The LA Times is out with a piece that repeats what has been spoken among and increasing number of Democrats….
Biden & Co. and the Democratic US Majority Leader Schumer teamed up with the left wing of their party to try to advance the ‘biggest spending since FDR’…(One cannot mention Schumer in the same sentence as McConnell who has miles ahead of Schumer is welding power and political manoeuvring)
Lacking a clear majority in the US Senate ?
That was foolish and spent political capital one can see lost in Biden’s poll numbers…
Biden and Schumer are gonna have to ‘dance’ with Senator’s Manchin and Sinema in the center and slightly to right….
And make no mistake….
Progressives are STILL gonna pursue goals that will cost the party this fall….
President Biden, a lawmaker for most his time in Washington IS learning that he is President now…
His agenda is vastly different than the place he used to work….
He cannot hide in the weeds…
He MUST produce….
And he must be able to work for what he wants by turning his back on things that might sound good , but simply are unattainable and might even be harmful for the party and himself in the end…
A year in office….
Joe Biden admits a hard lesson…
He’s the President…
Not a lawmaker anymore
“They just won’t take the hits,” said a Democratic lawmaker. “They tell everyone what they want to hear and they’re afraid to take the hits from activist groups, whether it’s on voting rights or other policy areas. And if no one is willing to take the hits, it’s anarchy.”
The scale of Democrats’ ambitious agenda was always hard to reconcile with their razor-thin congressional majorities, putting Biden’s big plans on the precipice of failure from the get-go. In an evenly divided Senate — Democrats have a majority thanks only to Vice President Kamala Harris’ tie-breaking vote — they could not afford to lose a single vote if they hoped to pass what started out as a $3.5-trillion wish list of Democratic initiatives.
That meant agitating a single progressive senator was as dicey as alienating a moderate one. Party leaders also recognized their window was closing to enact policies they had been championing for years. Republicans have a strong chance of taking control of the House in the November midterm election, dooming any sweeping legislation for the remainder of Biden’s term. That reality put enormous pressure on Democratic leaders to aim big.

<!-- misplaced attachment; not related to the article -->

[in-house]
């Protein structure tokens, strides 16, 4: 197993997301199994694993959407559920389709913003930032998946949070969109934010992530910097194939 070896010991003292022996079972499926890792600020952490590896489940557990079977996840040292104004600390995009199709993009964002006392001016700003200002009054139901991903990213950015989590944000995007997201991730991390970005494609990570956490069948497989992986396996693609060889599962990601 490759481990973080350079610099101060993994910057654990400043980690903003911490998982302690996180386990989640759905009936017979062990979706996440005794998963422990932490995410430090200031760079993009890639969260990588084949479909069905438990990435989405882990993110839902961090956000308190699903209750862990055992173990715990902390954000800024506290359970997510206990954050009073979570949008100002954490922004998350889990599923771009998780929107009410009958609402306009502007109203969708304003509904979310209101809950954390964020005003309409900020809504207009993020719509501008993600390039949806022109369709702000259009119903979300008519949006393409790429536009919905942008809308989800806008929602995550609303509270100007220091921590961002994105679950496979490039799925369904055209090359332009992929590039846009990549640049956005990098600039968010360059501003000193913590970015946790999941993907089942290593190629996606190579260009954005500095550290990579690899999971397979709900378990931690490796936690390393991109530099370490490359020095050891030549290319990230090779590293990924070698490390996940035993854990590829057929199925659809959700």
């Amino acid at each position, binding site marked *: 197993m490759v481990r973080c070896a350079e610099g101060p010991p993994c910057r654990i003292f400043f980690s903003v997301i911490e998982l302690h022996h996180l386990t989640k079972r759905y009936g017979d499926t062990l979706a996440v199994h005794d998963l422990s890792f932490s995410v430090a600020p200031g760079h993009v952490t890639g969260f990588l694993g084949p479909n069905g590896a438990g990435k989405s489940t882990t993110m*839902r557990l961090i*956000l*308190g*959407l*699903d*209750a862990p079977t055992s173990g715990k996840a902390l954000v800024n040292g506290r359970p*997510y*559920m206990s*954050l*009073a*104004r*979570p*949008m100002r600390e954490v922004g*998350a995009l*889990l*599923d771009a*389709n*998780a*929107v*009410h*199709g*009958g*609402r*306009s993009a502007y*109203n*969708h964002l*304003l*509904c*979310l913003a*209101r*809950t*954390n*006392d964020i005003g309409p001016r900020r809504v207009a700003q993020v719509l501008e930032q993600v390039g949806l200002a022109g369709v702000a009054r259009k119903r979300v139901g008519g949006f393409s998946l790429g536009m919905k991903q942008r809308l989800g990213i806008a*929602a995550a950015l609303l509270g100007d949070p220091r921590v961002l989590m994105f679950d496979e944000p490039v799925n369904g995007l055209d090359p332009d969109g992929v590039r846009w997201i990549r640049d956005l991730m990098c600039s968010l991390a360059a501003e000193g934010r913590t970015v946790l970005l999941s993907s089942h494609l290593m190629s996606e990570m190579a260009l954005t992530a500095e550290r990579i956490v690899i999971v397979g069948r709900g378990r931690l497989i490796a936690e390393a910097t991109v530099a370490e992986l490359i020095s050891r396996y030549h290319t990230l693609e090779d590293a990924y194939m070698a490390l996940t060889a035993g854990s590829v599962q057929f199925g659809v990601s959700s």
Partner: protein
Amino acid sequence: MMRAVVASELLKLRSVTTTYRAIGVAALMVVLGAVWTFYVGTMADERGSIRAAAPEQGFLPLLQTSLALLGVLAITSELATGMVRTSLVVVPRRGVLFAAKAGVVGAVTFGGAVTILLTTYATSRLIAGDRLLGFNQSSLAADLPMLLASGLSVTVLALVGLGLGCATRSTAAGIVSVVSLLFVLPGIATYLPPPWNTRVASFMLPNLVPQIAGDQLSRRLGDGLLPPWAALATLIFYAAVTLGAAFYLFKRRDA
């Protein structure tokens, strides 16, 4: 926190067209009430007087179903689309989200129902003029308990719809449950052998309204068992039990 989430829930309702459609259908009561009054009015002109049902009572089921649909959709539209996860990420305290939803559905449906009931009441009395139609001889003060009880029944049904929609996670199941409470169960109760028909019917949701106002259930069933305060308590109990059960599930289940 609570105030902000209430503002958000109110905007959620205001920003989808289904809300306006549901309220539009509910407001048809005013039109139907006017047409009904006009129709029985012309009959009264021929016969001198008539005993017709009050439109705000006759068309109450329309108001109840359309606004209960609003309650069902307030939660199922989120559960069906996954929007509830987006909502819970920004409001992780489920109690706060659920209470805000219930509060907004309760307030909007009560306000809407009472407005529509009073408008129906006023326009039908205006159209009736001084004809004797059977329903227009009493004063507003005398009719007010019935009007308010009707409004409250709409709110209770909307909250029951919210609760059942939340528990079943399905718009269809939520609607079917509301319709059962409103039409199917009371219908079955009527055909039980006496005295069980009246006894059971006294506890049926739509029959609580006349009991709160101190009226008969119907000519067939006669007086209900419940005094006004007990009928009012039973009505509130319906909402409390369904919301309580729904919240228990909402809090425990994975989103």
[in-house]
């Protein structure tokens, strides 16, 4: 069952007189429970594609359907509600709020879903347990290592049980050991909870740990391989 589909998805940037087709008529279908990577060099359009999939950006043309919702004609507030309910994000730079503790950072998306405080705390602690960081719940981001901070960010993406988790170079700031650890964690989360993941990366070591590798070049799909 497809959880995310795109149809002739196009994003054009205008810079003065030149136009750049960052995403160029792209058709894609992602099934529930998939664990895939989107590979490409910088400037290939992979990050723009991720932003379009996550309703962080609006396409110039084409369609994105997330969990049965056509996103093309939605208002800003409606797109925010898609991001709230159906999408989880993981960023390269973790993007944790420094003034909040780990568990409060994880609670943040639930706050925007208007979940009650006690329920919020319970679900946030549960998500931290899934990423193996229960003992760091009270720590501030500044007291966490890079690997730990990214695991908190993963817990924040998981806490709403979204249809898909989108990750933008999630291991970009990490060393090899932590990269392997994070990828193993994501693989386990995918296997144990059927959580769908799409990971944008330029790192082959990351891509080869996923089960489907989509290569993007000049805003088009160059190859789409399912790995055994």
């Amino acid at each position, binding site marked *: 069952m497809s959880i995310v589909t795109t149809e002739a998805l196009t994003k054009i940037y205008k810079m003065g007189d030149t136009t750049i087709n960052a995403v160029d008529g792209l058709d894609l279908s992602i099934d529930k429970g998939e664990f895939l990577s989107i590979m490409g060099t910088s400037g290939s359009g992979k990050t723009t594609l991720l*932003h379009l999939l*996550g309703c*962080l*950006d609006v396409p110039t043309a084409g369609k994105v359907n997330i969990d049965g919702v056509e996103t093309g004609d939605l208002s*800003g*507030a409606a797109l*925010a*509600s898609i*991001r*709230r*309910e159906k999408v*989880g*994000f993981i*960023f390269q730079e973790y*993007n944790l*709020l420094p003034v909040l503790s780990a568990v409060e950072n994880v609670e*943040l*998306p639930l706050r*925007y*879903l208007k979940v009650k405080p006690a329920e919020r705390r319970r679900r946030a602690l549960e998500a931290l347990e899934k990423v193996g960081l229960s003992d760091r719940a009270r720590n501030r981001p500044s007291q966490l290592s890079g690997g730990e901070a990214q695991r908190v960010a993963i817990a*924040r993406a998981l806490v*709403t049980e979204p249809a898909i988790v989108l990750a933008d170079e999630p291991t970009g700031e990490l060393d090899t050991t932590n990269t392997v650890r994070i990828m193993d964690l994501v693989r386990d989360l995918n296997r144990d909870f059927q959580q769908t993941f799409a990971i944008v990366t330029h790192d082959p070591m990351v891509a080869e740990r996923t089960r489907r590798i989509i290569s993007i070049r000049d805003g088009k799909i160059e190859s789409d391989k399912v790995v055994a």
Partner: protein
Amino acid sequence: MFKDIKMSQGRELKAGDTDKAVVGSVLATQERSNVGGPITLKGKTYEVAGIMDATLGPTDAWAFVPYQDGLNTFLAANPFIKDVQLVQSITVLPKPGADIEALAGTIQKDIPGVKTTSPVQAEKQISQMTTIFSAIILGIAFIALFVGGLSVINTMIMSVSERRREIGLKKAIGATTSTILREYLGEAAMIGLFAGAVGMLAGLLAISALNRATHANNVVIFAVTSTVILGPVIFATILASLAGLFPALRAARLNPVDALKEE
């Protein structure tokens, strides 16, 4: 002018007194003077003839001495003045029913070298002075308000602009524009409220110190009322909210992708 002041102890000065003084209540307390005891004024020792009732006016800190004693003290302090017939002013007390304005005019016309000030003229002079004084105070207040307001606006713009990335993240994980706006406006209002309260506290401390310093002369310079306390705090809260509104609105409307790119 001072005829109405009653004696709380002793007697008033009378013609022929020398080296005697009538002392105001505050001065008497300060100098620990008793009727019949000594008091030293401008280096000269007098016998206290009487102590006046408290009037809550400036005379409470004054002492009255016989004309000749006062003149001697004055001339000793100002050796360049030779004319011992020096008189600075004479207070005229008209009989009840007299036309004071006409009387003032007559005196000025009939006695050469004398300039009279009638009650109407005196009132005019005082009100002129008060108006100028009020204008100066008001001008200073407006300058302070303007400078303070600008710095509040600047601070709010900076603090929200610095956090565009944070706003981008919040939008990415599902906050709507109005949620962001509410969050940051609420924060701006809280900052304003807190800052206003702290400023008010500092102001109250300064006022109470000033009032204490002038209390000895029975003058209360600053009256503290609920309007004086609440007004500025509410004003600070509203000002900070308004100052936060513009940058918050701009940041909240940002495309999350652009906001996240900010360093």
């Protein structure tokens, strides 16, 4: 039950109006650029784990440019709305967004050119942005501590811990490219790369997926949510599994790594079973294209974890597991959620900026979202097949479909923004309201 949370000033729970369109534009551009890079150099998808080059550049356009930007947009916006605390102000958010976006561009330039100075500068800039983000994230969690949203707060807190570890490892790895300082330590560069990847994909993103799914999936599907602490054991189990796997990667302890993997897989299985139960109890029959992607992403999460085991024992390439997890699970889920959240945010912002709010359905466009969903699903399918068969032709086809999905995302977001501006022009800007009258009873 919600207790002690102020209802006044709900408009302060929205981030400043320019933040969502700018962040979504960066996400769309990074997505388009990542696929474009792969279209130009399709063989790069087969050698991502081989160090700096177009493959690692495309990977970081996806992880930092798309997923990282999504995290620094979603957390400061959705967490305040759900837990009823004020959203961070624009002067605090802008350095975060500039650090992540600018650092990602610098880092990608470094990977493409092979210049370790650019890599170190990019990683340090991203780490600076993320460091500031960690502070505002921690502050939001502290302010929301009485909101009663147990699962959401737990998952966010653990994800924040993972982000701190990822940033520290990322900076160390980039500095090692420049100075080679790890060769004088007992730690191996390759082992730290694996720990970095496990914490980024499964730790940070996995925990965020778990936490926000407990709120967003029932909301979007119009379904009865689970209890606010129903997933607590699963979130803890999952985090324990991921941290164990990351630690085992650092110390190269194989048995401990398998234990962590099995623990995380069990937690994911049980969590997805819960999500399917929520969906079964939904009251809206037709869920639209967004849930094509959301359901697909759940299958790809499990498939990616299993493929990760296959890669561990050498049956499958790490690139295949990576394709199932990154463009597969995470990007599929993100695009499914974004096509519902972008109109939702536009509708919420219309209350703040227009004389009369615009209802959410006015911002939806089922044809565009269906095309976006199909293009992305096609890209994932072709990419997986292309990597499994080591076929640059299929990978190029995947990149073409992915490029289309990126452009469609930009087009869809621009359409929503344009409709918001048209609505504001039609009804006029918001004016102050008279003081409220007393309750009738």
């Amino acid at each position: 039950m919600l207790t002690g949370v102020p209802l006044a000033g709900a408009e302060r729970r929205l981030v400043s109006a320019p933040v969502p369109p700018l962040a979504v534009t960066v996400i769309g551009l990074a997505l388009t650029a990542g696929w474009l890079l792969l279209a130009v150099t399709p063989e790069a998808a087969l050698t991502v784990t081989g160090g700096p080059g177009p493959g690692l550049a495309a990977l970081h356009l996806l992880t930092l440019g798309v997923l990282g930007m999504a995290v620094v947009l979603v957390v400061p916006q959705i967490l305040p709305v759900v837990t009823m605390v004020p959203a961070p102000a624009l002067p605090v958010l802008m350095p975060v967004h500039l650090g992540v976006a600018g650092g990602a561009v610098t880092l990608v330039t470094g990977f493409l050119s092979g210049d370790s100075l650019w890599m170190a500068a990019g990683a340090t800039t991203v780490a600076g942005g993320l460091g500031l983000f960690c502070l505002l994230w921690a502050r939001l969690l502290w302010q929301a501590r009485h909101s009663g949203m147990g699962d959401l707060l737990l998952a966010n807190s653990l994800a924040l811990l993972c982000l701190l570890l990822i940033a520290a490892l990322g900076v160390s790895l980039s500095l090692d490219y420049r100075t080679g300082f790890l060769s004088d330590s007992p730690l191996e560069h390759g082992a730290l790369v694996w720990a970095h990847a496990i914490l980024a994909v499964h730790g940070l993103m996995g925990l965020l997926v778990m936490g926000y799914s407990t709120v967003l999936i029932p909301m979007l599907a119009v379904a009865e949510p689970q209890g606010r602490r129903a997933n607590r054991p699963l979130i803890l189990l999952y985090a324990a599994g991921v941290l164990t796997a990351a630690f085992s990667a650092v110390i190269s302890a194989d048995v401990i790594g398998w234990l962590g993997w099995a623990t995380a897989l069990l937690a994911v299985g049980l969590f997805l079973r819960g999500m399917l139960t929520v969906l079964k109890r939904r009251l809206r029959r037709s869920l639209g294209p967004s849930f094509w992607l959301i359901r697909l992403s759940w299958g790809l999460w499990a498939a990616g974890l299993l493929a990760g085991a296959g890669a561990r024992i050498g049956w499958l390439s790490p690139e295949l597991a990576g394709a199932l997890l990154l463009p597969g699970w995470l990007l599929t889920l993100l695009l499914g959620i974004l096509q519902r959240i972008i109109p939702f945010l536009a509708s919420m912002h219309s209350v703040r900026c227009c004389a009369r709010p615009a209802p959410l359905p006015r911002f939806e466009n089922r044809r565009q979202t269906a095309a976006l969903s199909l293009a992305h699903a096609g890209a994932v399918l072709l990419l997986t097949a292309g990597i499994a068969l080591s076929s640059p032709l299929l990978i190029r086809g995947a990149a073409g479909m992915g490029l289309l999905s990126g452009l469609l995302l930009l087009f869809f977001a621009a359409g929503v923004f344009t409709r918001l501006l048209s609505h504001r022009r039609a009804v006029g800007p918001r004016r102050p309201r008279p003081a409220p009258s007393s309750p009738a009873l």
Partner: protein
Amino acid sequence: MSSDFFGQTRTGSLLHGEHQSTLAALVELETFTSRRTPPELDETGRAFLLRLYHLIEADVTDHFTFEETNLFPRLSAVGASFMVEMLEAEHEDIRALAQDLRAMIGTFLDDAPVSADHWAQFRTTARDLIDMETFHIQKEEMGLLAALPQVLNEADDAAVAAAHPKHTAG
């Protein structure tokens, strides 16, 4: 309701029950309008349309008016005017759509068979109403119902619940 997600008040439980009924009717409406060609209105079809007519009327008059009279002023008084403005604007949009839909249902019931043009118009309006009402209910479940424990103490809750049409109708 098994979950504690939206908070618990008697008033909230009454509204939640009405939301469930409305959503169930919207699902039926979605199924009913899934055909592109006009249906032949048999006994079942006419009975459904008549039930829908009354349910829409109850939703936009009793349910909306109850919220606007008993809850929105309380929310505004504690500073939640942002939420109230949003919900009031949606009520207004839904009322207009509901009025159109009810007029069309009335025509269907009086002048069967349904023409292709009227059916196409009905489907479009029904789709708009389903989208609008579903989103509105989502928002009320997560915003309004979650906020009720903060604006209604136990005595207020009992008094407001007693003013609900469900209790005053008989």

“A lot of this is a question of math and the realities and challenges of getting a broad and diverse coalition on board with one piece of legislation,” said Kate Bedingfield, the White House communications director, in an interview. “Ultimately, our goal is to navigate that in a way that yields good legislation for the American people. We’ve gotten two big bills done and we have every belief we’ll get Build Back Better done as well.”
The White House did not make Klain available for this story, and Schumer’s office declined to comment.
In the House, Democrats say the White House and the Senate need to follow through on their commitment to pass a bill.
“If they don’t get something done in the Senate, it’s a failure of leadership and failure of the Democratic caucus in the Senate,” said Rep. Jimmy Gomez (D-Los Angeles). “We got our part done — now they’ve got to get theirs done.”
But Biden, believing last year’s public negotiations hurt him politically, has pulled back, telling Democrats in private conversations aboard Air Force One that Americans “don’t want him to be the 101st senator.” Administration officials say the president and his team will still negotiate out of view. But most conversations taking place in recent weeks have been among lawmakers.
“I don’t get a sense of a lot of discussion with the White House,” Sen. Chris Murphy (D-Conn.) said.
In hindsight, many Democrats say they believe the White House and Schumer should have steered a more moderate course if they wanted to pass anything — a fact that should have been clear to them as early as July. That’s when Sen. Joe Manchin (D-W.Va.) and Schumer signed an agreement that Manchin would only support $1.5 trillion in spending, less than half of the $3.5-trillion package working its way through Congress. Schumer appeared to disclose Manchin’s objections to no one, according to lawmakers and administration officials….
That approach showed that Schumer “can’t say no to anybody,” one Democratic senator said. “If you can’t make a decision [about what priorities matter most], then the path of least resistance is to let it fail and blame it on” Manchin and Sen. Kyrsten Sinema (D-Ariz), another moderate who pushed back on the spending plan.
Many Democrats, especially in the House, believe Schumer’s reluctance to upset progressives is driven, in part, by the need to protect himself from a potential primary challenge. Others believe it was simply his broader fear of angering outside interests groups who have become experts at applying pressure on social media and on cable news shows….
Democratic lawmakers and some administration officials say that the White House and Schumer did not learn the right lesson from the Build Back Better debacle. Schumer and Klain coordinated an abrupt shift to voting rights, sending the president to Atlanta for a rousing speech ahead of a Senate vote on legislation that could only pass if all 50 Democrats agreed to change the filibuster rule that essentially requires 60 votes to pass legislation….